But France’s relationship with the Malian junta, which it wants to persuade to accept a transition to democracy, has collapsed to the point where Macron had to cancel plans to visit troops stationed in Mali at Christmas after the junta refused to meet him.
Accusing Paris of abandoning it after withdrawing from the northern cities, the junta turned to Russian-linked mercenaries to fill the void.
When France intervened in Mali in 2013 its fighter jets were key to halting the Islamist advance. Nine years later those same warplanes in November were dropping flares to warn off civilians blocking French military convoys.
Tough sanctions imposed by the regional economic bloc ECOWAS on Mali have not deterred the junta. On the contrary, people have turned on the bloc, blaming it for being France’s lackey.
French-backed efforts to implement new U.N. sanctions were vetoed by Russia and China, creating the sentiment that France was against the Malians.
That growing frustration spilled into Burkina Faso on Monday. A Reuters reporter saw a group burning a French flag just hours after the coup, while placards read “Together we say no to France. Shit to France!”
“Today, Burkinabe people are asking for Russia’s support to accompany them in this fierce struggle that has been imposed on us,” coup supporter Armel Kabore told Reuters.
TROOPS NOT WELCOME
The Takuba force comprises 14 countries of which the majority are eastern European and Scandinavian. Its strength on the ground – about 600 that includes medical and logistical teams – is more symbolic than operationally significant.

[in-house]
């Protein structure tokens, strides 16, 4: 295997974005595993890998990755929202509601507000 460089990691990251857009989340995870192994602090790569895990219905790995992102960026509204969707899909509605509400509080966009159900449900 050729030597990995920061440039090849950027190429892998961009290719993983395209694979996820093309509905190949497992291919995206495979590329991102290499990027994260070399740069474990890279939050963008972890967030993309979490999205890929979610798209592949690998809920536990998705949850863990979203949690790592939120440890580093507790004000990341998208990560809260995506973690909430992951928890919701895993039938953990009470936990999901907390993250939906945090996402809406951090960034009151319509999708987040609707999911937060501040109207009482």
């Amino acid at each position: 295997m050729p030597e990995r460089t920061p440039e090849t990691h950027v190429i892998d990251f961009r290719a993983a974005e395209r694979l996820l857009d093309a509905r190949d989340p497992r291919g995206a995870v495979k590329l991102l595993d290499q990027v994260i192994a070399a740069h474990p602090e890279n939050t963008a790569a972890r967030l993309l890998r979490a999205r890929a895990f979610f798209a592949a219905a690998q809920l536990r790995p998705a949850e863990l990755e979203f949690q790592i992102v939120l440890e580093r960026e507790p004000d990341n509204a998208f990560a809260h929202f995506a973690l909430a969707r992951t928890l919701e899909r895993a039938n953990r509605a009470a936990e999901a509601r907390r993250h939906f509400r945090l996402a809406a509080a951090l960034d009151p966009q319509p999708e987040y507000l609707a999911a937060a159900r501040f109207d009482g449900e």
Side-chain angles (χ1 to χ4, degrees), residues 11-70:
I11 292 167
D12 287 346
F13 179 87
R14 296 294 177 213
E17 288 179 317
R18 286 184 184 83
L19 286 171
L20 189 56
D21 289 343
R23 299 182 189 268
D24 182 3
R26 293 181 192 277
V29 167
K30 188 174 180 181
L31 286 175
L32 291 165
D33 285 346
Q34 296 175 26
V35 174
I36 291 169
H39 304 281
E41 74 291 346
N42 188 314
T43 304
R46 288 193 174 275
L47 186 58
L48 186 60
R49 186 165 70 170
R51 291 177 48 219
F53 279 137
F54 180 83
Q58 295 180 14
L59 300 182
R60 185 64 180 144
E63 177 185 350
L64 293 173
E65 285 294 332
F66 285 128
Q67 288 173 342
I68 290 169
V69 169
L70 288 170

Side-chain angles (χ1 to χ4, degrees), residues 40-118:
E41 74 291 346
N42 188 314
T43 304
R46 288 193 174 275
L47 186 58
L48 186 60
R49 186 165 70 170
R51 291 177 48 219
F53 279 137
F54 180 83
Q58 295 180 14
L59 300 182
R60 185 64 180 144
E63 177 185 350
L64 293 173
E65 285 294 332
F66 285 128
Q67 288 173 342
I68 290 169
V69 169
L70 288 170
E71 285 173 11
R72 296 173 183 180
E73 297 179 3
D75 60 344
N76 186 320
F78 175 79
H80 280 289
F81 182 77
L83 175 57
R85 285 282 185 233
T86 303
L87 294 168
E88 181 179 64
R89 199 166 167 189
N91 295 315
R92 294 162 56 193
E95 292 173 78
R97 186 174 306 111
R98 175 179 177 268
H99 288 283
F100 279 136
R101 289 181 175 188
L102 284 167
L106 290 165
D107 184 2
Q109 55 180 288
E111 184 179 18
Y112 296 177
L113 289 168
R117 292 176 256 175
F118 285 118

But now there is a profound malaise among Europeans about the presence of Russia and mercenaries and the political crisis.
“Nobody knows what to do. Nobody wants to stay at any cost. In Mali, the junta has to be convinced to accept a credible transition. But we will follow the French,” said a European diplomat whose country contributes to the Takuba task force.
France is desperate to ensure nobody leaves, having staked so much on “Europeanising” the Sahel intervention. Some have reaffirmed their commitment, such as Estonia. Sweden kept to plans to withdraw some 100 personnel in March.
It may not be up to France. Mali’s junta this week asked Denmark to immediately withdraw troops it deployed at the start of January as part of Takuba, despite Copenhagen later saying they had a clear invitation to be there.
Should the junta decide to ask Takuba to leave, that would severely limit Paris. Niger, which is now France’s main operational base in the region, has already ruled out taking additional foreign forces, officials have said.
Diplomats say the cost of withdrawing fully would be too great for France, given the military kudos it has earned with key allies including the United States. But it may have to refine its strategy once again.
“Maybe Barkhane goes away and then the French just shift their focus all the more to the littoral countries,” said Shurkin of the 14 North Strategies consultancy.
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Additional reporting by Bate Felix and Aaron Ross in Dakar; Editing by Mike Collett-White